from Asia Unbound

China’s Parallel Universe

December 8, 2010

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Blog posts represent the views of CFR fellows and staff and not those of CFR, which takes no institutional positions.

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Soldier Standing Post in Front of Tiananmen
A soldier stands his post in Tiananmen Square. (Jason Lee/Courtesy Reuters)

Bit by bit we are learning how China manages reality when reality doesn’t conform to Chinese interests: it constructs its own reality.

Some of this is simply smart politics. Chinese leaders don’t believe that the international press gives them a fair shake, so they invest $80 billion to create their own international media outreach with access to 130 news bureaus worldwide and a 24-hour English-language television station. Nothing wrong with this—everyone is free to decide what they do and don’t believe from any media source.

Some of it is simply embarrassing. When China didn’t like the fact that the 2010 Nobel Peace Prize was awarded to someone sitting in a Chinese jail, it first reverted to reflexive demagoguery, claiming the Peace Prize was part of a U.S.-orchestrated plot. Then Foreign Ministry spokeswoman Jiang Yu mocked the Nobel Committee as “clowns.” All the while, Beijing badgered, hectored and threatened other countries in an effort to prevent them from sending a representative to the Nobel ceremony. They managed to cobble together an odd assortment of ugly regimes and weak neighbors. What they have gained is anybody’s guess. Now Beijing has decided to award its own Confucius Peace Prize to former Taiwanese Vice-president Lien Chan the day before the Nobel Peace Prize. Without debating the merits of Lien as a choice, does Beijing really think that anyone takes this prize as a serious alternative to the Nobel Peace Prize? Maybe someday, but not now when it so clearly is a political gambit to draw attention away from Oslo.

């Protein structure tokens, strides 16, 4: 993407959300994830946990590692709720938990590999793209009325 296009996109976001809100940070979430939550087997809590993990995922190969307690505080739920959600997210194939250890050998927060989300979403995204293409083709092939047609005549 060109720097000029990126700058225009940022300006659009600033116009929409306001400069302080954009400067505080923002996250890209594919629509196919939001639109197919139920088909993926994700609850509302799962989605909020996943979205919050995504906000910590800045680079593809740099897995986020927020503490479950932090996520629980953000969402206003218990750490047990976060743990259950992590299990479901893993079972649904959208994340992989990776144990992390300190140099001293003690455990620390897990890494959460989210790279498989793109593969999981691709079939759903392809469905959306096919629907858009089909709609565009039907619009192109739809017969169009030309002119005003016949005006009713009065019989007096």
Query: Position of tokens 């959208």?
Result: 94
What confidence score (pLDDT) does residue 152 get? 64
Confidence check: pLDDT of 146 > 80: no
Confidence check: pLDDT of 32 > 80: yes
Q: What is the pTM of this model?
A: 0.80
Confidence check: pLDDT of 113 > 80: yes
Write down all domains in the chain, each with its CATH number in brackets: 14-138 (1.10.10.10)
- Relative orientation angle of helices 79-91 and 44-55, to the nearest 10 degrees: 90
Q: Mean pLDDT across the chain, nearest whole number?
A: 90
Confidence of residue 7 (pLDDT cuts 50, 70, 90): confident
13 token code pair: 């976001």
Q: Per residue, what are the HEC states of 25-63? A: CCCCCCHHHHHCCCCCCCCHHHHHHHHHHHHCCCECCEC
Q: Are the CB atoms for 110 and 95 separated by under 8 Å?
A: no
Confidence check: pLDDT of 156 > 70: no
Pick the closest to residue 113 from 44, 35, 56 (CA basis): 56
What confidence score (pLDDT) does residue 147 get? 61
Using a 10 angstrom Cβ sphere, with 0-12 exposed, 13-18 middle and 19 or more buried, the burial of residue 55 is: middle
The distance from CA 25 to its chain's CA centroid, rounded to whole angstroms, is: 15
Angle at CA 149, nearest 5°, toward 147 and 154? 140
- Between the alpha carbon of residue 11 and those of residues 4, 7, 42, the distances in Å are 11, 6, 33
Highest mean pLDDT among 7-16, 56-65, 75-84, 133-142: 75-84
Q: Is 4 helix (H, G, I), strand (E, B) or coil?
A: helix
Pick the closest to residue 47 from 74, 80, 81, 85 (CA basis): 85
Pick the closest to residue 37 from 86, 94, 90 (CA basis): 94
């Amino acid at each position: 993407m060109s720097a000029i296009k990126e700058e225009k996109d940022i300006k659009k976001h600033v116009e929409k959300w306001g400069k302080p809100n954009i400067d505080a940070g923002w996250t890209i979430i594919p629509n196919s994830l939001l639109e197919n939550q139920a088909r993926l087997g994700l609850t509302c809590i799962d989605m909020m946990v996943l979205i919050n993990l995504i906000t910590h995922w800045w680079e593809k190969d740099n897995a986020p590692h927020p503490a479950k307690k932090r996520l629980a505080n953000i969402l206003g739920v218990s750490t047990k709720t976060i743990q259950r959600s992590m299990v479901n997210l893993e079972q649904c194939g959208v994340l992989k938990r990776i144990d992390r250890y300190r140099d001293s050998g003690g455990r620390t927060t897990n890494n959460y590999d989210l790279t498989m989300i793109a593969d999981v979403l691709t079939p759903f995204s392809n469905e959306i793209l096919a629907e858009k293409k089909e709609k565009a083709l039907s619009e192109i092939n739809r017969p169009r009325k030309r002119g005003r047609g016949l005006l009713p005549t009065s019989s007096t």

But on occasion, China’s desire to live in an alternative reality is actually dangerous. Providing succor to Pyongyang and blaming the United States and South Korea for North Korea’s aggression undermines both Chinese credibility and, more importantly, stability in East Asia. For China, too, the costs of ignoring reality are growing. The United States, Japan, and South Korea are strengthening their security ties with less and less thought being given to Chinese interests and concerns. Moreover, the six-party talks have almost completely lost their ability to serve as a platform to showcase China’s potential as a regional leader.

Leaders often construct their own reality to manage domestic expectations or build consensus around a leadership priority. China, however, needs to distinguish between constructing an alternative Nobel Peace Prize to try to save face domestically from constructing an alternative world that protects North Korea but endangers the rest of the international community.

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